The 1950’s were coming to an end and Man was preparing to explore the furthest frontiers. In the United States, the newly formed National Aeronautics and Space Administration was designing the Mercury spacecraft. A single astronaut would be set atop a modified ballistic missile. The first flights would go almost 200 miles straight up and down. At the same time, the Soviet Union was working on the Vostok space capsule. Their plan was to launch it using the same rocket that had already scored such space spectaculars as the first two Sputnik satellites.
While both nations looked up to the highest heights, the US Navy was planning to dive into the deepest depths. The Trieste was an experimental bathyscaphe. It had already explored the bottom of the Mediterranean Sea and was engineered to withstand the pressure at 20,000 feet. The Navy purchased the Trieste and began a program of extensive modification. In the 1870’s, the British ship Challenger had discovered an area of the Pacific Ocean that was more than 30,000 feet deep. Project Nekton was designed to send men to explore the bottom of the sea.
The Trieste’s habitation module – where the crew would sit – was a round steel sphere less than seven feet around. This was slightly larger than the bell shaped Mercury capsule and slightly smaller than Vostok. However, it could hold two crewmen. Like its rocket counterparts, the habitation area was only a small part of the entire craft. The Trieste was primarily a large tank of gasoline; used for buoyancy rather than fuel. Gasoline is lighter than water.
Anxious moments abounded in all of the programs. Yuri Gagarin’s Vostok spacecraft almost spun out of control when it failed to detach from its equipment module. A faulty sensor causes astronaut Scott Carpenter to overshoot his landing by almost 250 miles. As the Trieste descended, the outer glass of the window cracked. Communications were a challenge for all three craft. The Soviet Union lacked a deep water navy and could only communicate with the Vostok spacecraft when it was over friendly territory. The United States set up a global network of listening posts and they could talk to their astronauts for at least a few minutes every hour. While the Trieste was technically traveling only seven miles, round trip conversation time was fourteen seconds; five times longer than the lag the Apollo astronauts had when they were on the moon.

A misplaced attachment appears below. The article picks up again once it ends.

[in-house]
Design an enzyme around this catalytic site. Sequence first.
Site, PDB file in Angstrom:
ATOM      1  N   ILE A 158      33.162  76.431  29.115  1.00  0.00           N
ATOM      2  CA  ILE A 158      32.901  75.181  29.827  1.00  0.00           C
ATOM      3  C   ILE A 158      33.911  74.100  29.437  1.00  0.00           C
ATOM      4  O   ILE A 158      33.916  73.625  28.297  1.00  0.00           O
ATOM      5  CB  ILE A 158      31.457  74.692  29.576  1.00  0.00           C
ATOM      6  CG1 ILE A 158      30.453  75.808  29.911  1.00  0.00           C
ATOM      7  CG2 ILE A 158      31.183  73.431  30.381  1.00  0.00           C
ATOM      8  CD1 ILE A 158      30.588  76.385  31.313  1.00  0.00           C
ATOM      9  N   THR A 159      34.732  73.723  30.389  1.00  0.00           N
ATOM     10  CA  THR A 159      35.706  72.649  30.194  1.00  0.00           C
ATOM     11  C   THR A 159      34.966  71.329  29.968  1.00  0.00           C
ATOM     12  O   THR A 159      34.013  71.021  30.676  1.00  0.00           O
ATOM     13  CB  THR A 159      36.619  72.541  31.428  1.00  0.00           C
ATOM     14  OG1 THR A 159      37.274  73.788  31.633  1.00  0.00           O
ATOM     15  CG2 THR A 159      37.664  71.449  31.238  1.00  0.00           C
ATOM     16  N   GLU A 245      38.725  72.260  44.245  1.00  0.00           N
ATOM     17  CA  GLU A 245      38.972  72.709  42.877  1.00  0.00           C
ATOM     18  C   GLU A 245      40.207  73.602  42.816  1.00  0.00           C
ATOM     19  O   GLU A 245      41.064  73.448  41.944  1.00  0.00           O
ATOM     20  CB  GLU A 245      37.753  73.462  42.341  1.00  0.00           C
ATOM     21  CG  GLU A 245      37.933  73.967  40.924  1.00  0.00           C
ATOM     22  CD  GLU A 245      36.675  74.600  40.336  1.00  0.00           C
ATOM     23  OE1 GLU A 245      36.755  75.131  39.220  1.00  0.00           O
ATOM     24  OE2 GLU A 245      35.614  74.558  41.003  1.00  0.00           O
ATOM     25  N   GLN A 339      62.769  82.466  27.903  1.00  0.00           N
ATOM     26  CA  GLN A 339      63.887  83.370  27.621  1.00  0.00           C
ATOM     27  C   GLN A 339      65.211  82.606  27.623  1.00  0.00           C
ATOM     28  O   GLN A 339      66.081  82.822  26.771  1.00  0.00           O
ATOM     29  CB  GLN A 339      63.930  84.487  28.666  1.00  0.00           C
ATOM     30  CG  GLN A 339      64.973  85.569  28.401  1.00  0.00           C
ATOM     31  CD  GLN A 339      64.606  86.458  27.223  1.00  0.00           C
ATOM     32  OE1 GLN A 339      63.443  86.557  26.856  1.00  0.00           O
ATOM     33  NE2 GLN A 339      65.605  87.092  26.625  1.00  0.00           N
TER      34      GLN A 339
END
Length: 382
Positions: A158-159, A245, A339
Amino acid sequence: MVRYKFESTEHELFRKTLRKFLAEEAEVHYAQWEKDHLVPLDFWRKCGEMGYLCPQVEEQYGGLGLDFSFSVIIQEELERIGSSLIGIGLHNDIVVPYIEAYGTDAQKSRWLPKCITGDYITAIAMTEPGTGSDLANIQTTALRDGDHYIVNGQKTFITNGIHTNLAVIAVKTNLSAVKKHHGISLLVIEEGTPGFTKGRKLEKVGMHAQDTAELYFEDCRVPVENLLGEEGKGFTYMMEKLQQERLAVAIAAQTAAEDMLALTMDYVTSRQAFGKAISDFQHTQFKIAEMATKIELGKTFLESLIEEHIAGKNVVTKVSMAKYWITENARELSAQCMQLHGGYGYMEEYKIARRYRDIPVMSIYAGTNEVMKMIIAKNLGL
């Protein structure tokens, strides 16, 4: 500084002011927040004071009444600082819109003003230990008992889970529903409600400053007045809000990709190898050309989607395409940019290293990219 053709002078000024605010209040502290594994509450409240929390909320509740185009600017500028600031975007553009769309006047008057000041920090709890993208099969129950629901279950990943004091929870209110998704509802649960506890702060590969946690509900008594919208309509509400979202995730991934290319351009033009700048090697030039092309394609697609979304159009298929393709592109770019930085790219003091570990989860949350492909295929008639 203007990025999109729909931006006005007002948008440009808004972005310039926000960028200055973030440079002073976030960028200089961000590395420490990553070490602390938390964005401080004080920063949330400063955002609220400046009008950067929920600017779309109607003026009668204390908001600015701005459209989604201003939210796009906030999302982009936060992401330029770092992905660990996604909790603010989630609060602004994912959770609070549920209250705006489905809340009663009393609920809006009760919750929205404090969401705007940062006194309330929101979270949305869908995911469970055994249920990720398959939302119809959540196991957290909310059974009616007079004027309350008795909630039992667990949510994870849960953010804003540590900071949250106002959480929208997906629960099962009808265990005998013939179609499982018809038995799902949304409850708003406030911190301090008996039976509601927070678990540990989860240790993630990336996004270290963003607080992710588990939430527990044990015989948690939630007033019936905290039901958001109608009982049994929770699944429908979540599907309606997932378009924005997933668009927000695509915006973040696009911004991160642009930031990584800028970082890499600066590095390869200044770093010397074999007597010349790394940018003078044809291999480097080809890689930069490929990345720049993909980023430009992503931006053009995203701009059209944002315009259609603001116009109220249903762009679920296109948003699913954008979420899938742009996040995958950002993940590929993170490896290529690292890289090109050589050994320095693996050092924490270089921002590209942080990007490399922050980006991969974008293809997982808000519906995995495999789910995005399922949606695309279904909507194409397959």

Alan Shepard’s suborbital flight lasted slightly over fifteen minutes. Yuri Gagarin’s first orbit took an hour and a half. It took the Trieste almost nine hours to get to the bottom of the ocean and back, but the crew was only able to spend twenty minutes there. And while more than five hundred people have followed those first pioneers into space, no other human being has ever returned to the deepest part of the ocean.